We understand the temptation.
You get home from the store with a nice cut of meat sealed tightly in what looks like perfectly sturdy plastic. You glance at your sous vide water bath and consider just dropping it in there as is.
What could be the harm, right?
Can You Sous Vide in Original Packaging?
You can sous vide in original packaging under certain conditions:
- The plastic is food-safe.
- The plastic is temperature-safe.
- The bag is heat-sealed rather than glued.
If the packaging doesn’t meet these conditions, you’re better off removing the food from its package and re-bagging it in a dedicated sous vide bag or a heavy duty Ziploc bag.
Potential Hazards of Plastic Packaging
Leaks are the most common problem. You don’t want the water bath coming into direct contact with your food. It’s not dangerous, it just ruins the texture.
Whether the original packaging will stay shut depends on whether it’s heat-sealed or glued. Heat-sealed packaging should hold up and avoid leaking, but glued packaging is likely to come apart as a result of the heat.
Cling wrap is also bad, because it always has gaps—even if they appear small.
We’ve all heard the stats about how long it takes a plastic bag to degrade in the landfill—500 to 1,000 years seems to be the consensus—so why do we have to worry about plastic degradation during sous vide cooking?
Well, heat accelerates this degradation. Landfills don’t reach 195 degrees F, but a sous vide certainly can. And the longer the cooking time, the more degradation there’s likely to be.
Without getting too scientific on you, plastics are made of molecules called polymers that are built from smaller molecules called monomers. Prolonged exposure to heat loosens the bonds between both polymers and monomers. In short, they fall apart, and your plastic becomes—something else. This is called thermal degradation, and plastic that has undergone it will not be very good at protecting your food.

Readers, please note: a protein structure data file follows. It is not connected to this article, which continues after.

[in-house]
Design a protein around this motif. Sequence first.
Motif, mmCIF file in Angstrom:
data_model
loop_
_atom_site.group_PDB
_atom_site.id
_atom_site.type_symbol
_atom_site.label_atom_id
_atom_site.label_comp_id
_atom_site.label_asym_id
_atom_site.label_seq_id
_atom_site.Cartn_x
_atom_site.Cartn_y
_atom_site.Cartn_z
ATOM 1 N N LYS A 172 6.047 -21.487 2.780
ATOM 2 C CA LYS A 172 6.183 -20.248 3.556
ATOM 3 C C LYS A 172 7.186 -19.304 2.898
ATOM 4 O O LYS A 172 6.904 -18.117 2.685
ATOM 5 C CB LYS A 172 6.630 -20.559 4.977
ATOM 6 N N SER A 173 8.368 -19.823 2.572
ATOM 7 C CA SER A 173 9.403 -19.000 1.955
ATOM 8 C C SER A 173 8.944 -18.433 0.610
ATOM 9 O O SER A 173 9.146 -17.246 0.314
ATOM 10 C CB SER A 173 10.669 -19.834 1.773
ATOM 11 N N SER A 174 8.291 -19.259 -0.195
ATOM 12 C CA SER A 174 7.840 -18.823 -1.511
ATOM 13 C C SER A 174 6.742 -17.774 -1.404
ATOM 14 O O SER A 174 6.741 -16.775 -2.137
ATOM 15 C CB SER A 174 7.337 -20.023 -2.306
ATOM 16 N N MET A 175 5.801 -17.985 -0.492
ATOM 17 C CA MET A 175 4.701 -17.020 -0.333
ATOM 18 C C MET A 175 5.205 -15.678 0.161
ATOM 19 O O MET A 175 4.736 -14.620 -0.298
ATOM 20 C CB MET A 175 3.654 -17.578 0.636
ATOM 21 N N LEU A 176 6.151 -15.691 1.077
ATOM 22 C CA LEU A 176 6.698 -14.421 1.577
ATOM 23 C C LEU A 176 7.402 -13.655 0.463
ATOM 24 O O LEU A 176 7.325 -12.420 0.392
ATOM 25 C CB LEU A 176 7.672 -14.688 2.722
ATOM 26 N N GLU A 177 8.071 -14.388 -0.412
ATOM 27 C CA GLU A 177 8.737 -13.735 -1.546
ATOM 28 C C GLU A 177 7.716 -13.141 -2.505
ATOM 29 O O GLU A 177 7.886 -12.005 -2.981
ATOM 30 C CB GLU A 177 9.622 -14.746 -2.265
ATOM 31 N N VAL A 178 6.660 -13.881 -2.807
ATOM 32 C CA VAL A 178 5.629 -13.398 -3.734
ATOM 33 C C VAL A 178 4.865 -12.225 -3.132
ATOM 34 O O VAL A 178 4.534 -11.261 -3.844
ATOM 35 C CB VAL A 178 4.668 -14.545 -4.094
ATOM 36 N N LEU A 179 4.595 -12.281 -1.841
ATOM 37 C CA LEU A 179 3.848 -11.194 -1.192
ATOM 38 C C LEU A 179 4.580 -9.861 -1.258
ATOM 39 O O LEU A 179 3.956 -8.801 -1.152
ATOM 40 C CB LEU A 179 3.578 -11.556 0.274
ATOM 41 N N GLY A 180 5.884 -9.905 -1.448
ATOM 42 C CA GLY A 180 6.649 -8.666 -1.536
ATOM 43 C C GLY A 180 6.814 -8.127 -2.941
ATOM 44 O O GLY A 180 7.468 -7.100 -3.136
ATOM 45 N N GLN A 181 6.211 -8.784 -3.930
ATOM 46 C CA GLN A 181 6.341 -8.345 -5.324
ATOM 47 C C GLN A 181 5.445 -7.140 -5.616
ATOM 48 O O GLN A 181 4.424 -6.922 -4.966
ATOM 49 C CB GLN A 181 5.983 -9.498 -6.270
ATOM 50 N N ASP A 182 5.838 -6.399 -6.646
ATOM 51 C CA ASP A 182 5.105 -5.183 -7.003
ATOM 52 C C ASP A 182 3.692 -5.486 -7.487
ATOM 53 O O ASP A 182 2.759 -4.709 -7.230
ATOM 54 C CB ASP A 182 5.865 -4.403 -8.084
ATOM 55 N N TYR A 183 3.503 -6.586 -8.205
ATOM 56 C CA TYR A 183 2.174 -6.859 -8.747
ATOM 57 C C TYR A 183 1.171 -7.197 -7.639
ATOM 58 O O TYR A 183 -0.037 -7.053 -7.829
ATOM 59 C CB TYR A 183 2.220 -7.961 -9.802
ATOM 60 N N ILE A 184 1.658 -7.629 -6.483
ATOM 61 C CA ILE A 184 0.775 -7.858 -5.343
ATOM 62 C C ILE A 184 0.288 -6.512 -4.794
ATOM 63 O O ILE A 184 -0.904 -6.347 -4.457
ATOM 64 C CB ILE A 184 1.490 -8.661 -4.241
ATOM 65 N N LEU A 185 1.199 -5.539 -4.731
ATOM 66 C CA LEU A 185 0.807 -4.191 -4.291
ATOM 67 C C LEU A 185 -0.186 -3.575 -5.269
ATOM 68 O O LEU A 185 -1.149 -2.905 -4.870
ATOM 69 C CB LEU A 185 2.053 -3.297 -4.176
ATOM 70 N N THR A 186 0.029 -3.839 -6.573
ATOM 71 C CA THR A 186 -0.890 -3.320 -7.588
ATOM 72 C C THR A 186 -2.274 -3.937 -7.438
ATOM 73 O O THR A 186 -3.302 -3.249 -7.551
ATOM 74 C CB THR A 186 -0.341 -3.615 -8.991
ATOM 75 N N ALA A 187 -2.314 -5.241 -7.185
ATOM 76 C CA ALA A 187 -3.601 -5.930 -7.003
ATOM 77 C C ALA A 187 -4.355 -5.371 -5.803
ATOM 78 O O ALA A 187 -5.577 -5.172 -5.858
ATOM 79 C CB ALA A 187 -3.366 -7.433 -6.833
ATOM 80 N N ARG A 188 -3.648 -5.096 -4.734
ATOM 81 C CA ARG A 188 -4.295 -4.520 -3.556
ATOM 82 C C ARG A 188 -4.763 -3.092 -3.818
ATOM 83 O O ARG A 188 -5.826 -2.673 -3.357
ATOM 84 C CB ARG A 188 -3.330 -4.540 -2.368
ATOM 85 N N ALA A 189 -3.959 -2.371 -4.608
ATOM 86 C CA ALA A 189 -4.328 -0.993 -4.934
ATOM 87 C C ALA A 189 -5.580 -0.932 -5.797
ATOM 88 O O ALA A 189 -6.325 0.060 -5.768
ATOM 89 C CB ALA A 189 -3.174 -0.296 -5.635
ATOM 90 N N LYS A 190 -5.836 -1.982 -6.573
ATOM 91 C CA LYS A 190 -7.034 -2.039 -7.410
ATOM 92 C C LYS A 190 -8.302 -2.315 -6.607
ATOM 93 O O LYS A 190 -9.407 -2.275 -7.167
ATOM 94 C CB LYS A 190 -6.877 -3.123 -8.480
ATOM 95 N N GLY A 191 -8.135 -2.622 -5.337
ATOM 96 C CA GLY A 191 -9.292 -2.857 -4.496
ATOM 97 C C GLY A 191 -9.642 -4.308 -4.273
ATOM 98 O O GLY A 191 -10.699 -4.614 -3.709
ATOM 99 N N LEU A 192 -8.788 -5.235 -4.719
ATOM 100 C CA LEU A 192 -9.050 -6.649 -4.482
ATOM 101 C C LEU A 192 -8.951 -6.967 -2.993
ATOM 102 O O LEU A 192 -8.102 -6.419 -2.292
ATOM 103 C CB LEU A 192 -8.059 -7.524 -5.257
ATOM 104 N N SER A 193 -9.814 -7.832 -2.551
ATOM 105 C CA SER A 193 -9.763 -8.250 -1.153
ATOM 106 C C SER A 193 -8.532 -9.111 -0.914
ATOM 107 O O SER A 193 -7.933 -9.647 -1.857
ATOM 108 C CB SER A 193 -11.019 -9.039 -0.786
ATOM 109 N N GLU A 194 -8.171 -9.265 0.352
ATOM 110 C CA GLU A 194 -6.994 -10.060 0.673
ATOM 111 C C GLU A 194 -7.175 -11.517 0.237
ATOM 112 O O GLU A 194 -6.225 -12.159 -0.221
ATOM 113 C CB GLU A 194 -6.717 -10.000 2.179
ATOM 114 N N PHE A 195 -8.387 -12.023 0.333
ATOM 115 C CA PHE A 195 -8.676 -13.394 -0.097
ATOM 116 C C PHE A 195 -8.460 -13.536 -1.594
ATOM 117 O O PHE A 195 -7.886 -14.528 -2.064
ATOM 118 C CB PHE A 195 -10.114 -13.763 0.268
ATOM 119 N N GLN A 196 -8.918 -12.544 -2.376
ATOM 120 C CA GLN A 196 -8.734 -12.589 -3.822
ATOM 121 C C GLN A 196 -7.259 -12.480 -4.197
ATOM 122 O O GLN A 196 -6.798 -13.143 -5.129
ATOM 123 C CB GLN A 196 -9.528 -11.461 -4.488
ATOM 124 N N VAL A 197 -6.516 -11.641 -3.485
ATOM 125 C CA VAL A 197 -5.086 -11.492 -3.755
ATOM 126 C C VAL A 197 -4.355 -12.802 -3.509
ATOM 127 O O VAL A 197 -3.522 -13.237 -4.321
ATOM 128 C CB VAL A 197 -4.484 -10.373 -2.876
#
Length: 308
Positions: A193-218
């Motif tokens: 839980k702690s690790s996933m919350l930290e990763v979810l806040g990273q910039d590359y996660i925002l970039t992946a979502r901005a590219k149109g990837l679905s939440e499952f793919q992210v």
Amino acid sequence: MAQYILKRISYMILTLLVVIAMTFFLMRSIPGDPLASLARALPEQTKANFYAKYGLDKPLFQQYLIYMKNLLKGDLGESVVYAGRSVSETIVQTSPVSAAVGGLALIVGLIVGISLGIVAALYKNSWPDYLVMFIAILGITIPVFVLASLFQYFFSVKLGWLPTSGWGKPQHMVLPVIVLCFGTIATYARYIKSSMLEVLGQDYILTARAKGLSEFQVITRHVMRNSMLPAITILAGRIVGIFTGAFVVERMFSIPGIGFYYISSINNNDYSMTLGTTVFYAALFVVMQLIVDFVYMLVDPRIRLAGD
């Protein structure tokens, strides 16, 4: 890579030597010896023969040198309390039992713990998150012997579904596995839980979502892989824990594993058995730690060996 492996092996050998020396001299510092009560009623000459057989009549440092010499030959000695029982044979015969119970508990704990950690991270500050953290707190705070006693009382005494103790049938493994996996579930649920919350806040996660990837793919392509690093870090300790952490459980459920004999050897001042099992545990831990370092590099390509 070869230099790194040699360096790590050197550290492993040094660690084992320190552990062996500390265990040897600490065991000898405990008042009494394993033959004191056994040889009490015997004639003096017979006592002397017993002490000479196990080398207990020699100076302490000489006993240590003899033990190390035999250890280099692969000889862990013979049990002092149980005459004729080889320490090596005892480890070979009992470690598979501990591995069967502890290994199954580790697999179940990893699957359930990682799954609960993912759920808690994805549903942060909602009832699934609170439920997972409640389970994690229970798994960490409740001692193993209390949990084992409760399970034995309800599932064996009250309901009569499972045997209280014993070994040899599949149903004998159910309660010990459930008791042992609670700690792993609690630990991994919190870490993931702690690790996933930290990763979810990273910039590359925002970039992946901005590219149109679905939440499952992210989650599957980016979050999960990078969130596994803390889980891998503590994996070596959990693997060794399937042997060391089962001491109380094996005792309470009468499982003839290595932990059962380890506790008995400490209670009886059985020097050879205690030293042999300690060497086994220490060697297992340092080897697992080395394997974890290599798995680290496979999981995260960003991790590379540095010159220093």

It’s a sad fact of plastic that most contain some chemicals capable of harming your health. “Examples of plastics contaminating food have been reported with most plastic types, including Styrene from polystyrene, plasticizers from PVC, antioxidants from polyethylene, and Acetaldehyde from PET,” writes the Ecology Center in Berkeley, California.
Most of this stuff has little chance of contaminating food at room temperature, but again, the calculation changes once things start to heat up.
If you don’t know the melting point or the degradation point of that random plastic bag you want to sous vide in, you’re taking a risk.
Which Plastics Are Safe for Sous Vide?
According to ChefSteps, the safest plastics are food-grade high-density polyethylene, low-density polyethylene, and polypropylene.
The “food grade” part is important. That means its bonds will hold up to the heat. The degree of food-safeness sometimes depends on the temperature, and you want your bag to be food-safe up to the boiling point of water (212 degrees F).
Vacuum-seal bags like FoodSaver are ideal.
Most brand name resealable freezer bags such as Ziploc and Glad will be safe, but check the packaging for a “food grade” or “food safe” label.
How Can You Tell Which Kind of Plastic You Have?
First, look for a triangular recycling symbol on the packaging and check what number it has inside.
- Recycling codes 2, 4, and 5 are fine.
- Codes 1, 3, 6, and 7 should not be used for sous vide.
If you intend to heat higher than 158 degrees F, it’s a good rule of thumb to double bag.
Never sous vide in plastic packaging that includes a foam tray, like those chicken breasts that are plastic wrapped over Styrofoam.
And of course, when in doubt, put your food in a new bag designed specifically for sous vide.